Automated decision making based upon profiling which may be inaccurate or unfair is one of the great dangers of the digital age. It's easy to see the potential for serious harm: the allocation of a university place, a job, a mortgage, insurance or even lifesaving medical treatment on the basis of a computer's binary decision.
The power of AI and algorithms to produce world changing outputs will be unleashed only if people trust those outputs and continue to allow their data to be used as an input.
There have been two recent developments in the UK in relation to individual rights and data which tech companies should factor into their planning.
Article 22 GDPR – UK divergence from Europe?
Article 22 of the GDPR, which has become the global standard for data protection, is, of course, a key piece of legislation designed to manage the risks of automated decision making.
Article 22 (1) gives individuals the right not to be subject to a decision based solely on automated processing, including profiling, which produces legal effects concerning him or her or similarly affects him or her. Article 22 (3) contains the right to obtain human intervention if certain conditions apply.
In practice, Article 22 has not had the impact the legislators may have hoped.
This may be because the GDPR is principles based and claimants appear to have been reluctant to incur the cost of establishing what the terms mean in individual cases.
We have a good idea on some points, for example, we know that "legal effect" means anything that impacts a person’s legal status or rights, e.g. access to social welfare. Also, guidance suggests that "significant effect" includes decisions which may affect finances, health, education or employment.
But other trickier questions remain unanswered. How much human input is needed for something not to be automated? What about rules devised by humans, adapted by machine learning? How do we locate when the decision is made? Is this when there is a score or when the score is used? What if a decision is made by a human but their discretion is fettered upstream by algorithm?
Recently, the UK Government – via its recent Taskforce on Innovation, Growth and Regulatory Reform report - proposed the removal of Article 22 from UK law altogether. And, if this step were "deemed too radical" it proposed reforming the law to "permit automated decision-making" and "remove human review of algorithmic decisions".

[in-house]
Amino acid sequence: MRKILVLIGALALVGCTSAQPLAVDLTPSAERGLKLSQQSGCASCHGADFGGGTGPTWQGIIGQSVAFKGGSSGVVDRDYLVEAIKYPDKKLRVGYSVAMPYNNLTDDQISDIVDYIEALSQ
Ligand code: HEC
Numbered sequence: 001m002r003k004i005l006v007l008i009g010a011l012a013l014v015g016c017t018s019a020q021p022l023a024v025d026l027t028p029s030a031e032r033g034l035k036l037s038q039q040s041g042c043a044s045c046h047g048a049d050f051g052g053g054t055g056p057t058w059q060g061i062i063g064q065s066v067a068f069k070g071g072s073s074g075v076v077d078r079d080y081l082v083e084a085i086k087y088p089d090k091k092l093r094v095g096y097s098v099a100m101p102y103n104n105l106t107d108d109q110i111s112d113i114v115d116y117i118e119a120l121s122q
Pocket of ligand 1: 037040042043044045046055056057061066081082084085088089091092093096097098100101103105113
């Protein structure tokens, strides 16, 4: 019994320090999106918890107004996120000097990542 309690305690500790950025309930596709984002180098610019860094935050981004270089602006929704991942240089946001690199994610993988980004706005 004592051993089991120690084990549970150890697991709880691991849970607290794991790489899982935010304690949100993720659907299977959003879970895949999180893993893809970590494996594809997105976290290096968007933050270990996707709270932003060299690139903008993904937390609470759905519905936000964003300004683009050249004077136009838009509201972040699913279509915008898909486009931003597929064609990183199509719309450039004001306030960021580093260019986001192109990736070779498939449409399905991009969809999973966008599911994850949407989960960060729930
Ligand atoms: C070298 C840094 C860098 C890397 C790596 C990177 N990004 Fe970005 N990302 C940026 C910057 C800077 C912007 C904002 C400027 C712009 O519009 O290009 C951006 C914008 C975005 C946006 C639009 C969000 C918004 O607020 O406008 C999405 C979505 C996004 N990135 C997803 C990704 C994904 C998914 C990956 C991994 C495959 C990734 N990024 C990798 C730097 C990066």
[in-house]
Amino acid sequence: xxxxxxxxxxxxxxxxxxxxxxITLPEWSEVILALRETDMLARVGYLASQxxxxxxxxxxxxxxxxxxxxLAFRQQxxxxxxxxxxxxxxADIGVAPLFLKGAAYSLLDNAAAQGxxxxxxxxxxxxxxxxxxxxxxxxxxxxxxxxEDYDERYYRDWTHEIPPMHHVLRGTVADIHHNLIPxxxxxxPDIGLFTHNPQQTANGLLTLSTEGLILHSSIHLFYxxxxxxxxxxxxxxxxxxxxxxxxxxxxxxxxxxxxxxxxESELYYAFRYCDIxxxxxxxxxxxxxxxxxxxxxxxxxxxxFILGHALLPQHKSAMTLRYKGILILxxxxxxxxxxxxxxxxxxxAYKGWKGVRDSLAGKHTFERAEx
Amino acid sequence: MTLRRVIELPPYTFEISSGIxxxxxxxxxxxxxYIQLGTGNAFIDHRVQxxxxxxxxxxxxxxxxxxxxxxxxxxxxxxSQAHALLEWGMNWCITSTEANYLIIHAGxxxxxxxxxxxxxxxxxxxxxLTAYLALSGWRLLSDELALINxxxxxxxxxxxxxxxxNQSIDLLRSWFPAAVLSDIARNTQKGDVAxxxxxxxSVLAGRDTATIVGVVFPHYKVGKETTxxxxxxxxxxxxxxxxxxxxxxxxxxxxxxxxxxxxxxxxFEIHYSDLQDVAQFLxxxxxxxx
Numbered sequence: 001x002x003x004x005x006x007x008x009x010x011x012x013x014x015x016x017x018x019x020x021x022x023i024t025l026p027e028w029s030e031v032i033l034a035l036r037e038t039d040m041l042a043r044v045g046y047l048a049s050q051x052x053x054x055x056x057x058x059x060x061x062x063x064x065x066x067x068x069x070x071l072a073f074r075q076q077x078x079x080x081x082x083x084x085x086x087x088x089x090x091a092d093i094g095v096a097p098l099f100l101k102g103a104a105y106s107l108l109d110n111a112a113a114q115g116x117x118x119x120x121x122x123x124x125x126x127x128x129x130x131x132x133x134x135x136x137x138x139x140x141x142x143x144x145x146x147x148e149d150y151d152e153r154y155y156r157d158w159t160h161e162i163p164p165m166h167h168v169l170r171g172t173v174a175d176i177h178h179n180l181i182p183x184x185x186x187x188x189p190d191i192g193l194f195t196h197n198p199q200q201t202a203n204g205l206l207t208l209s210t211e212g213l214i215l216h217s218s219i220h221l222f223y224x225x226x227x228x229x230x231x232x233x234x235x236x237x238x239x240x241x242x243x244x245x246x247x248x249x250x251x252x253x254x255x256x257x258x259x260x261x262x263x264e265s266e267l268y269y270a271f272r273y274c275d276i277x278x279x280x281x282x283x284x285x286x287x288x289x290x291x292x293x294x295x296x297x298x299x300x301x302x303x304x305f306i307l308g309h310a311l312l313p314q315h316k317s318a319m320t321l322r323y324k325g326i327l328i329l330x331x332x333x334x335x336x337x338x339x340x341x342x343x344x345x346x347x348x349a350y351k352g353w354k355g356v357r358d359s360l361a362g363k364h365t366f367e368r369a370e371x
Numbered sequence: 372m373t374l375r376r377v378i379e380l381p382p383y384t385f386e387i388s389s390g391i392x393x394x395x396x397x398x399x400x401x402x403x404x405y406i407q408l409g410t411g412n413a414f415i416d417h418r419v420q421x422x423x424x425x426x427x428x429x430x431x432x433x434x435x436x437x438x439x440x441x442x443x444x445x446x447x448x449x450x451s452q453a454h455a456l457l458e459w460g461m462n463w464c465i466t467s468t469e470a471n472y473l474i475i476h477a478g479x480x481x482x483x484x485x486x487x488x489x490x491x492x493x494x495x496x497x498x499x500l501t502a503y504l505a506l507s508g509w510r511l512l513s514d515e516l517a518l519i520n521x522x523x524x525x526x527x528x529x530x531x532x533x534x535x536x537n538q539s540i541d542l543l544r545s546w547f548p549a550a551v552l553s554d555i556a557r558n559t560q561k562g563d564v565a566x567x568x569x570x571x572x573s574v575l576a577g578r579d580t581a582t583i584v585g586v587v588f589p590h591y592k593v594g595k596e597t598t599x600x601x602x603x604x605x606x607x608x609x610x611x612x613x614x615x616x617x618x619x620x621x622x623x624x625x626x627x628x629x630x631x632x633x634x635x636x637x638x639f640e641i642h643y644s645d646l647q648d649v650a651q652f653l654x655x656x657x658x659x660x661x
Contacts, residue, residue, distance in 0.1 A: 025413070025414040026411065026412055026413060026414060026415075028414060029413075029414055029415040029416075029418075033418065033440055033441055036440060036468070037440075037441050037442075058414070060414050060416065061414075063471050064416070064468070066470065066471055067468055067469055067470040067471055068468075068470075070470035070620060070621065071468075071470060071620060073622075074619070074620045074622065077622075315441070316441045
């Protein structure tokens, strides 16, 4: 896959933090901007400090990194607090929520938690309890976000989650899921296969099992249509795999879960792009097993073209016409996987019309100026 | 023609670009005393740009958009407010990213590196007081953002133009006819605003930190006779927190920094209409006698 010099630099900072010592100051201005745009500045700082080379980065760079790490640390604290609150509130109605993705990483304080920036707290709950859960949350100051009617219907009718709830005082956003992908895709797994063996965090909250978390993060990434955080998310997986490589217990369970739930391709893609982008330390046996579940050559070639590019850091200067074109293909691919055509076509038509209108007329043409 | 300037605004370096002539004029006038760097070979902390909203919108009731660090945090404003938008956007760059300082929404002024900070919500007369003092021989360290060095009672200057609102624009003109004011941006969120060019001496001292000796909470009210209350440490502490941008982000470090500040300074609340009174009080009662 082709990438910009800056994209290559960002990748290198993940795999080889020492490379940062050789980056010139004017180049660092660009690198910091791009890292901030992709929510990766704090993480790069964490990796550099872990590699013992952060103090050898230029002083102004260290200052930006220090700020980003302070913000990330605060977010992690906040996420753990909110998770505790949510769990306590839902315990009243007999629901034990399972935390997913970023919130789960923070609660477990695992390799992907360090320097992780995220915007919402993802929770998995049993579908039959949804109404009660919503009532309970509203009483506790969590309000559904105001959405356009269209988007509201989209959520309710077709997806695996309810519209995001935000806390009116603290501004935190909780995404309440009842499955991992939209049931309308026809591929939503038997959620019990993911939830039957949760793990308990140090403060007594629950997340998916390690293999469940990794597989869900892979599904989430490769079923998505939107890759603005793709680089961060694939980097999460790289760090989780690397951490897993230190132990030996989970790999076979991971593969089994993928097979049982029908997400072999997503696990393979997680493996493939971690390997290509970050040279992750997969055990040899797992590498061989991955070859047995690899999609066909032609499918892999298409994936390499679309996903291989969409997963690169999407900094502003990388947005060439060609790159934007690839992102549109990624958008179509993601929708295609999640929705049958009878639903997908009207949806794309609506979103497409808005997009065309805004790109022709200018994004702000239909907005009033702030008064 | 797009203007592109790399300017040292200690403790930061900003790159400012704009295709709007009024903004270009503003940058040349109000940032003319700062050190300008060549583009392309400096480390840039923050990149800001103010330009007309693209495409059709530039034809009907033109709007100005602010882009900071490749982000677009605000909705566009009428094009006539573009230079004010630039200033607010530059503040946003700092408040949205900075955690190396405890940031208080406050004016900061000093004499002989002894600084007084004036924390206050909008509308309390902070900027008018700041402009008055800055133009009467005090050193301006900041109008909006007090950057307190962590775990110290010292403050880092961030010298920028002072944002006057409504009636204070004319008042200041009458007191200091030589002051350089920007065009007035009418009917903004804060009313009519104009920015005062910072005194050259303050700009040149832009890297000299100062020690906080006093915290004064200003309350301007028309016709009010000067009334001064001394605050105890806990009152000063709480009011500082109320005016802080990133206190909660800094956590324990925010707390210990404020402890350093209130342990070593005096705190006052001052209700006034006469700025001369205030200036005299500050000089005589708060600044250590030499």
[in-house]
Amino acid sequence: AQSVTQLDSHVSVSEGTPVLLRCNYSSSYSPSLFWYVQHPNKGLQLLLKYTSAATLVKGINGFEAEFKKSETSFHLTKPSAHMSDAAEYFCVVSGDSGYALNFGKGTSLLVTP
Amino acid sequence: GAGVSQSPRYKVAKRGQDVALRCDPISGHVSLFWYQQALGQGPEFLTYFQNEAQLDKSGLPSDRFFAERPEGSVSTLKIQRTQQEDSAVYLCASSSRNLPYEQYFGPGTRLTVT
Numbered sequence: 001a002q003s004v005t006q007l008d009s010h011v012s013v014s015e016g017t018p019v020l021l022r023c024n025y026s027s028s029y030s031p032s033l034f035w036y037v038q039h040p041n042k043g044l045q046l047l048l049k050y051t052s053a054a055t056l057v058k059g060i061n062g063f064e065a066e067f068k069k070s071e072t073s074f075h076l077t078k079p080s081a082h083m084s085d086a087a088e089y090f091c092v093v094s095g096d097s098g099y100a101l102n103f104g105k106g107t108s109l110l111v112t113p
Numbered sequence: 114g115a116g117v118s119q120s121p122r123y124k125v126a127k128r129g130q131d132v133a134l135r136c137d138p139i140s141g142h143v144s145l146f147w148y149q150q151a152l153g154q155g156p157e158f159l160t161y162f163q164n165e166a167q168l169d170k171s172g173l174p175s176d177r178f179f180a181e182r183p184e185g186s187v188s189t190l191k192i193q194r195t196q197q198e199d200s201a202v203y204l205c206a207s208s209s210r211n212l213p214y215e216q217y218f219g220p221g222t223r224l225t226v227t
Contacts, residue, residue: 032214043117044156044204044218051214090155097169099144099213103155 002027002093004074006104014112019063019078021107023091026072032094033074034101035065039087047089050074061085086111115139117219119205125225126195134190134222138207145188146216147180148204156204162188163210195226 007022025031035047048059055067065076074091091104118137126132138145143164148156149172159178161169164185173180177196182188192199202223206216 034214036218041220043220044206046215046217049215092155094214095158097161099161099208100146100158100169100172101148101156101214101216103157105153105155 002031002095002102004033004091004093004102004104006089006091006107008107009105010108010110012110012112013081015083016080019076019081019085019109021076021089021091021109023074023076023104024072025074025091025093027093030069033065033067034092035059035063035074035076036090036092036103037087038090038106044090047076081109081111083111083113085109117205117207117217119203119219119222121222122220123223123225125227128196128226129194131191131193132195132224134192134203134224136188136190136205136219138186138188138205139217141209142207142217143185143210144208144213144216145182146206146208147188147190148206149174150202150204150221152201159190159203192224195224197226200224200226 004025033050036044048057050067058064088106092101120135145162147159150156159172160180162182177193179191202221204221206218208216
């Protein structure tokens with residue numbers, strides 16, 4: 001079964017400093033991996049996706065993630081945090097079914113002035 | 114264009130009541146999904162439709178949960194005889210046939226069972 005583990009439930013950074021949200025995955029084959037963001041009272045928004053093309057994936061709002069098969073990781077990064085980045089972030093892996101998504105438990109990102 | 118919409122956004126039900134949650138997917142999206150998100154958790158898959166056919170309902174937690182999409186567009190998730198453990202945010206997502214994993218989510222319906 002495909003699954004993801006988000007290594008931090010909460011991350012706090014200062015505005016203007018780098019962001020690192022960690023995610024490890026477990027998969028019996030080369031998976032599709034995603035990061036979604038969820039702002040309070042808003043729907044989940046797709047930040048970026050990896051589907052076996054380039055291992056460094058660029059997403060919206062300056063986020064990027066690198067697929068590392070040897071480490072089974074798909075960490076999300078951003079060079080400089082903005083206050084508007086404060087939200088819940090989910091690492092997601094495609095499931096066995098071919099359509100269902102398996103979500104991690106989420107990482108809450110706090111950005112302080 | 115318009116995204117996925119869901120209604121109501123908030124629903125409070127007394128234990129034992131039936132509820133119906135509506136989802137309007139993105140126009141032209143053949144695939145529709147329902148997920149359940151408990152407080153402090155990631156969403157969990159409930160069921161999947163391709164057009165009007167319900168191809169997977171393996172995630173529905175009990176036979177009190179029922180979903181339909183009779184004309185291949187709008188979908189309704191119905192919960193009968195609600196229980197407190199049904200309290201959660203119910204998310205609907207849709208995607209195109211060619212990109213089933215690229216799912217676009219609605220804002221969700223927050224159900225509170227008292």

Outgoing Information Commissioner, Elizabeth Denham, has spoken out to explain why the right to human review must remain.
In her final speech as Information Commissioner Denham described the proposals in relation to Article 22 as a "step backwards", pointing to ICO's response to the consultation, which suggested that simply removing the right to human review was not, in its view, in people's interests and was likely to reduce trust in the use of AI. Instead, in the response ICO stated that it considered the Government should consider the extension of Article 22 to cover partly, as well as wholly, automated decision making in order to better protect people, given the increase in decision-making where there is a human involved but the decision is still significantly shaped by AI or other automated systems. ICO also encouraged consideration of how the current approach to transparency could be strengthened to ensure human review is meaningful.
As Denham pointed out in her speech the fundamental principles – of maintaining trust and of asking if data is being used fairly and transparently – remain constant however fast technologies and opportunities are developing.
The consultation is now closed and the outcome awaited.
UK Supreme Court offers roadmap for claims challenging certain business models in tech
The UK Supreme Court in its decision in Lloyd v Google gave individuals a clear roadmap for challenging business models based upon collecting, sharing and misusing vast quantities of data. Misuse is any interference with individuals' privacy rights, which fails to be justified.
The court indicated that the English common law tort of misuse of private information would be the natural cause of action in cases where a defendant's "very purpose" was to wrongfully obtain and use private information to exploit its commercial value.
It also indicated that it considered "user damages", whilst not available under data protection law, should be available under misuse of private information. "The law should not be prissy about awarding compensation based on the commercial value of the exercise of the right to control the use of the information," it said.
The fact that the cause of action is rooted in common law allows the courts to protect the right to privacy when appropriate with an intense focus upon all the facts of a particular case. This decision may act as a brake on the plans of some tech companies.
Put together with global developments, such as the EU's Artificial Intelligence Act and the Australian Human Rights Commission Report on Human Rights and Technology it's clear that tech companies need to consider their practices in relation to data carefully at this critical juncture in the development of the new landscape.